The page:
C-reactive protein – equal or less than 1 mg/dl
Patient global assessment – equal or less than 1 (on a 0–10 scale) (p. 581)

These are the stringent criteria applied for clinical trials of newly developed drugs. But applied to currently approved drugs, do patients on these drugs reach remission status? In a review of several studies, the use of traditional DMARDs like methotrexate result in between 35-65% of patients reaching remission. Other comparison studies demonstrated remission rates within a range of 24% with methotrexate alone to 64% with Humira. In one recently published study in China, only 25% of patients achieved remission status using the ACR-EULAR criteria. Many of the remission rate studies were conducted using the old criteria before 2010. Whatever standard is used, it is clear that there are a considerable number of patients who are not in remission.

Biological medicines that are not in the TNF inhibitor class like Xeljanz, Rituxan, and Actemra, are commonly recommended for refractory RA (see studies linked to each medicine above). In the United Kingdom, failure of TNF inhibitors leads to a recommendation to use Rituxan (see http://guidance.nice.org.uk/TA195). But these “second tier” biologicals don’t always result in patients reaching remission status. All one needs to do is read the prescribing information for each of these drugs to quickly realize that many patients in the clinical trials did not reach ACR-EULAR remission status. This is actually the case for all approved RA drugs.

Rheumatology researchers in Portugal recently stated,

“During the last decade we have experienced exciting developments regarding the approval of new treatment options but few patients are reaching sustained remission and refractory patients continue to be a problem. Thus, it is critical to understand how clinicians can decrease the risk of refractoriness by closely monitoring disease activity, using well defined and accepted composite measures, and by early and optimized use of DMARDs, including biologics.” (http://www.ncbi.nlm.nih.gov/pubmed/21570496)

This quote sums up the problem which remains. A large proportion of RA patients who are currently on biological and DMARD medication combinations do not achieve remission status – they have Refractory RA. This evidence lends credence to the fact that more work needs to be done in order to develop treatments that result in true remission. Ultimately, a cure should be the goal for this insidious disease.

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8101257735_8338a4603dIn an article recently published in USA Today, the author discusses the possibility of remission in rheumatoid arthritis. It presents a case of a women who takes Enbrel and methotrexate and is living an active lifestyle. The advent of biological treatments for RA in the last 10-15 years has indeed made a huge impact on RA patients. In fact, my rheumatologist told me that she’s seen things change dramatically in her practice and patients. For this I am truly glad.

However, this author fails to accurately report the whole story. These amazing and expensive treatments are just that…they treat but don’t cure the disease. Remission is an elusive and perhaps temporary state. In 2011, the American College of Rheumatology (ACR) in collaboration with the European League Against Rheumatism (EULAR), updated the criteria for remission. Using the ubiquitous measure of disease activity, the DAS28 ACR-EULAR, the new criteria are as follows:

At any time point, patient must satisfy all of the following:
Tender joint count - equal or less than 1
Swollen joint count – equal or less than1
C-reactive protein – equal or less than 1 mg/dl
Patient global assessment – equal or less than 1 (on a 0–10 scale)

(Felson, et. al, 2011, p 581)

That’s much more strict than the previous criteria and it would be difficult for many RA patients to meet this even on biological treatments. These new criteria are to be used for clinical trials for RA medications to be approved by the FDA. In fact, many previous clinical trials are considered a success if the patients met the old ACR criteria oftentimes reported as ACR 20, ACR 50, or ACR 70 meaning that the patient reported a 20%, 50%, or 70% improvement in symptoms. In most clinical trails, the majority of patients don’t meet the ACR 70 (see this package insert which reports clinical study results). This is not remission, only an improvement in symptoms.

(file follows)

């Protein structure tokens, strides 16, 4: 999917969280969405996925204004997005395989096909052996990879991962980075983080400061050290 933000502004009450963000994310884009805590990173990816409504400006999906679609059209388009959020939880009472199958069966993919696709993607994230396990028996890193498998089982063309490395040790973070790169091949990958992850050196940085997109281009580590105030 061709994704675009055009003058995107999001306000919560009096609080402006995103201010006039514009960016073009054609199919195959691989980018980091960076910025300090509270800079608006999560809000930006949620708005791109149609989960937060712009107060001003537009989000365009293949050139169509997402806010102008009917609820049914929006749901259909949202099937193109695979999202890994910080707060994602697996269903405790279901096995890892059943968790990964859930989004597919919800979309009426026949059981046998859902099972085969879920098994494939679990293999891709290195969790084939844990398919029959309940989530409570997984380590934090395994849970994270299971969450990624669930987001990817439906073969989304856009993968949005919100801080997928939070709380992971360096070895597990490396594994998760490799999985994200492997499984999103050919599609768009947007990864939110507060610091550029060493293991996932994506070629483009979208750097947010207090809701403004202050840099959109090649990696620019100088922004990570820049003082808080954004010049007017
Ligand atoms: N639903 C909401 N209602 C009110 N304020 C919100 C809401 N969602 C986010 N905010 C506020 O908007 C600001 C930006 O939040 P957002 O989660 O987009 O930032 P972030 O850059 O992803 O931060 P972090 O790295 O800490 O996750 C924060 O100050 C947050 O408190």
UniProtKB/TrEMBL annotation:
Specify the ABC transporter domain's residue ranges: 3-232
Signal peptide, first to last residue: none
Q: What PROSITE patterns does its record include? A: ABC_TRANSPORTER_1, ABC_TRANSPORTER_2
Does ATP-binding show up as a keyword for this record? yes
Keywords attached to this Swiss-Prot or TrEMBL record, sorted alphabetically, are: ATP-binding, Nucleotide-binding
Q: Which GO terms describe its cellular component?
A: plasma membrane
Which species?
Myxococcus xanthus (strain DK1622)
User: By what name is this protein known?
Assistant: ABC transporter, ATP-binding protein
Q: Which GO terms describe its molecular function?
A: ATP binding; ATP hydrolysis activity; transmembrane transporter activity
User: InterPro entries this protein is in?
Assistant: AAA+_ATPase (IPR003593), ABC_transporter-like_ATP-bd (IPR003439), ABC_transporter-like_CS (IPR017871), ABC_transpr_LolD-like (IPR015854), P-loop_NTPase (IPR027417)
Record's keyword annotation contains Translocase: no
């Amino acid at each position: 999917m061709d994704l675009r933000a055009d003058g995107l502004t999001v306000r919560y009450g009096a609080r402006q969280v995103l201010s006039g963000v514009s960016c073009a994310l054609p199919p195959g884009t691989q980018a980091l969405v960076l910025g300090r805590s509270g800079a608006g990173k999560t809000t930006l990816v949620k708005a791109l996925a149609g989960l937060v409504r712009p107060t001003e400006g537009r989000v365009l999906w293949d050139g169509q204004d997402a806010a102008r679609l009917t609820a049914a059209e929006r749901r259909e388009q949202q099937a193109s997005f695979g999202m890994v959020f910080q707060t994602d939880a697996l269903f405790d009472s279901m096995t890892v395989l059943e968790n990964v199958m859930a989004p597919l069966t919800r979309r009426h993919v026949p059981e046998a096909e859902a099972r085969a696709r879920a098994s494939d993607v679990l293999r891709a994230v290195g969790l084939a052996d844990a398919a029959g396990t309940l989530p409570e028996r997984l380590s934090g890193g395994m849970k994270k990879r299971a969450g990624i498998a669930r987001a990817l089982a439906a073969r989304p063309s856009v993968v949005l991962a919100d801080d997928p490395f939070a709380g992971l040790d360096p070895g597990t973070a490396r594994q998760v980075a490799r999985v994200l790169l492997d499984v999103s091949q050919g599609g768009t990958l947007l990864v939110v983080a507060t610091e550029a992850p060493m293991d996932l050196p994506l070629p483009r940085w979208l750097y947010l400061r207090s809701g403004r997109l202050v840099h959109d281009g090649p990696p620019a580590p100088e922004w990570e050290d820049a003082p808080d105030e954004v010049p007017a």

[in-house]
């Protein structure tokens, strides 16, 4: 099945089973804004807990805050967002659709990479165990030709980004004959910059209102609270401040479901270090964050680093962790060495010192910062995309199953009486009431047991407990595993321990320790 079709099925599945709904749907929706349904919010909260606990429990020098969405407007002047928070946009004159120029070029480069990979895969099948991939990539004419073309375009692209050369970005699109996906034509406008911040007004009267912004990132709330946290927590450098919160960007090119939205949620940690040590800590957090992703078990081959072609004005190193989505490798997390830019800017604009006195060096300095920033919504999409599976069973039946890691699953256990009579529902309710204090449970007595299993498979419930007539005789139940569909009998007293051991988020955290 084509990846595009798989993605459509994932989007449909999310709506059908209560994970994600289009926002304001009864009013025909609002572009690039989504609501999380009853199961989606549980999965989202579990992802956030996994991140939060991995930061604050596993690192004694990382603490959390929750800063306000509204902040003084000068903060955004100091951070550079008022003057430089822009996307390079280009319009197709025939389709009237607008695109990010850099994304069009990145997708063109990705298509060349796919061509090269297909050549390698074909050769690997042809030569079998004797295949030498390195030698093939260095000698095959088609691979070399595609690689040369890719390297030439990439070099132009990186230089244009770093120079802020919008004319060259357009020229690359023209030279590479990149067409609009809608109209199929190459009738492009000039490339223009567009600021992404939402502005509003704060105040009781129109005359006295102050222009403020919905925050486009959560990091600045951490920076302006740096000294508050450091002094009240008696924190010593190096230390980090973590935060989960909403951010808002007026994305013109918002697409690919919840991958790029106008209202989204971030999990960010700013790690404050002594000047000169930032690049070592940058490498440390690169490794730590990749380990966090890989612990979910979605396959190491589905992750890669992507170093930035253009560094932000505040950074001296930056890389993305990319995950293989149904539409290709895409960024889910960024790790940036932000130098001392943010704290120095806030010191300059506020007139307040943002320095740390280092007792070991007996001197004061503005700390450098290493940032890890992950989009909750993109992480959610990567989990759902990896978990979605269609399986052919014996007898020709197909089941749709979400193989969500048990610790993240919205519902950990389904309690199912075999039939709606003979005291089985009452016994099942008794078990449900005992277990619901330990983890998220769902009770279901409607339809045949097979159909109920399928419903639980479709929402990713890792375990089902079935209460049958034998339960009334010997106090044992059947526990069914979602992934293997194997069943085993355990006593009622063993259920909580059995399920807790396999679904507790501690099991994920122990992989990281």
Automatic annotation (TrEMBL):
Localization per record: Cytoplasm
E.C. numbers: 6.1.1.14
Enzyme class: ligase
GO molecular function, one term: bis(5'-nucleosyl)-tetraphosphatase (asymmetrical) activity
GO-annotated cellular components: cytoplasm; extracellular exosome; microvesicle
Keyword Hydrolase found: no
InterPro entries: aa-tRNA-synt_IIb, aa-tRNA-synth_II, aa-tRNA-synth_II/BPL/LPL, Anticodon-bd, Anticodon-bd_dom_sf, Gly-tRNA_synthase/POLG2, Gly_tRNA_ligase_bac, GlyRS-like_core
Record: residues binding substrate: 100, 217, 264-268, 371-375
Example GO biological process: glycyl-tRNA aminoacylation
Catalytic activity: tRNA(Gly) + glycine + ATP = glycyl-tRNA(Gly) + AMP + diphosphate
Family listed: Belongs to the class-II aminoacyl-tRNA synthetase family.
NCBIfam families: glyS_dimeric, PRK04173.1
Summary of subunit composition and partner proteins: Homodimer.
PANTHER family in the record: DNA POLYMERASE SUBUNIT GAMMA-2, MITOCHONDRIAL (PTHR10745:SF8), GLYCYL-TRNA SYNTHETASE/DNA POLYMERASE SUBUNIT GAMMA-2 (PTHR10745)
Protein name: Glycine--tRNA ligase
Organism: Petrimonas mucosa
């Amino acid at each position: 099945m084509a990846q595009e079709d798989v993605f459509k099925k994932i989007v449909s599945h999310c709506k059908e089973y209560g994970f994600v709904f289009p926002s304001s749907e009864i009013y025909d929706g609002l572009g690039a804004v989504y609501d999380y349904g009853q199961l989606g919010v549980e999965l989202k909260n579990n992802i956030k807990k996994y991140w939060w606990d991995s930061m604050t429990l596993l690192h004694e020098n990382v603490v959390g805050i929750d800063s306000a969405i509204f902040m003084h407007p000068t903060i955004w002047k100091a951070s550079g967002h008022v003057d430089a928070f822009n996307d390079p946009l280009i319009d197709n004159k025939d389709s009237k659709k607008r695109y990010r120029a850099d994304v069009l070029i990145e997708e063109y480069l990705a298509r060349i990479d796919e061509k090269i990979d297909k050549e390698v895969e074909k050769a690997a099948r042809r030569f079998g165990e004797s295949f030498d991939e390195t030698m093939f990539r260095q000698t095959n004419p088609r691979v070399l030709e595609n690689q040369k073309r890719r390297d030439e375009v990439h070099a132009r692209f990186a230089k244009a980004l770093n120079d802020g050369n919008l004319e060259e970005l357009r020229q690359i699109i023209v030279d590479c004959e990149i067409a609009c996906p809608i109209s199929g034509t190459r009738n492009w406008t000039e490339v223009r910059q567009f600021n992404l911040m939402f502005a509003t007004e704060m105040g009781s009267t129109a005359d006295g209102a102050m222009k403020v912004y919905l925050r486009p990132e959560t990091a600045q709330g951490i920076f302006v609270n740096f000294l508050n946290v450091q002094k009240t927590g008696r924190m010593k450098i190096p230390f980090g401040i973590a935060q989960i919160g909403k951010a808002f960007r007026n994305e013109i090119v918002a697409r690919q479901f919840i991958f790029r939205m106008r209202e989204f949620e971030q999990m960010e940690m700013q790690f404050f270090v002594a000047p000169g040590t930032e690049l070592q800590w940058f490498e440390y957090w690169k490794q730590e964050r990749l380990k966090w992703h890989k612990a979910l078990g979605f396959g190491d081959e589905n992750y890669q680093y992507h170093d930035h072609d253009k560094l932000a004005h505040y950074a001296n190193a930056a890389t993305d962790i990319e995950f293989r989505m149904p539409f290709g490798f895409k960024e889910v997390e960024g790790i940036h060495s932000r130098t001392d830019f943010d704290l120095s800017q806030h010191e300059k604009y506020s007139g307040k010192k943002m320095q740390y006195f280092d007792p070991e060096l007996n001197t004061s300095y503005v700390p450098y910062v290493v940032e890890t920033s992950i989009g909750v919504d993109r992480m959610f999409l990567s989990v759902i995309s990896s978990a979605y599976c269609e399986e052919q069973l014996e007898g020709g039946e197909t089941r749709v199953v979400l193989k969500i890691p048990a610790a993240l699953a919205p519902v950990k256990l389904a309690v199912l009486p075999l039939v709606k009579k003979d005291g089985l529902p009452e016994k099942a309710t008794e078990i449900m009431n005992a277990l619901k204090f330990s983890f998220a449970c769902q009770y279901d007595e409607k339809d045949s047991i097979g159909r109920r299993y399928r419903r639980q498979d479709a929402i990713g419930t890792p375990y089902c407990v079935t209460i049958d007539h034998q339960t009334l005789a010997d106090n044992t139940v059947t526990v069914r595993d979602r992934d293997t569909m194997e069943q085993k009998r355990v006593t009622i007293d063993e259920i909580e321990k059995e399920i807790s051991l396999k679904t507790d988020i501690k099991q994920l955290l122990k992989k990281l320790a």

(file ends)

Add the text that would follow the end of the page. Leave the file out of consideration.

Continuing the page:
In the USA Today article, it was reported that one study with Enbrel and methotrexate combination resulted “more than 75% of those treated with Enbrel and Methotrexate experienced no progression of joint damage after three years.” That is one study, for one drug combination of which there are many, and was likely based on the less stringent ACR criteria used before 2011. Even if this data was applicable to all RA patients and medication combinations, that would still leave 25% of 1.5 million RA patients in the U.S. alone who do not meet “remission”. That is 375,000 patients! And that does not include the untold millions throughout the world.

Finally, there is the issue of failure of biological treatments. It is well documented that some patients don’t respond to biological treatments for a variety of reasons. In a recent research review, the researchers stated,

“However, about 20% to 40% of patients treated with a TNF inhibitor fail to achieve a 20% improvement in American College of Rheumatology criteria, and more lose response over time (secondary failure or acquired therapeutic resistance) or experience adverse events following treatment with a TNF inhibitor.”

This failure from a large proportion of RA patients can be from lack of initial response, loss in response over time as the patient builds antibodies against the biological treatment proteins, or from severe side effects.

While I am so thankful for the advent of biological treatments and the huge impact that they have on RA patients, we must remain cognizant of the reality that these treatments are not cures, they don’t work for many patients, may fail to work over time, and they may give severe side effects. For these reasons, we must treat this chronic illness as not yet defeated or cured and scientific research must continue.

Postscript December 23, 2012…after many people commented on the article and sent letters to the author and editor, some changes were made to the title and article text. However, the author still does not scientifically define RA remission using current ACR criteria, does not detail the many other RA treatments, and avoids the topic of the large proportion of patients who do not respond to biologicals or fail to respond over time.  

Creative Commons Photo Credit: http://www.flickr.com/photos/meganschuirmann/8101257735/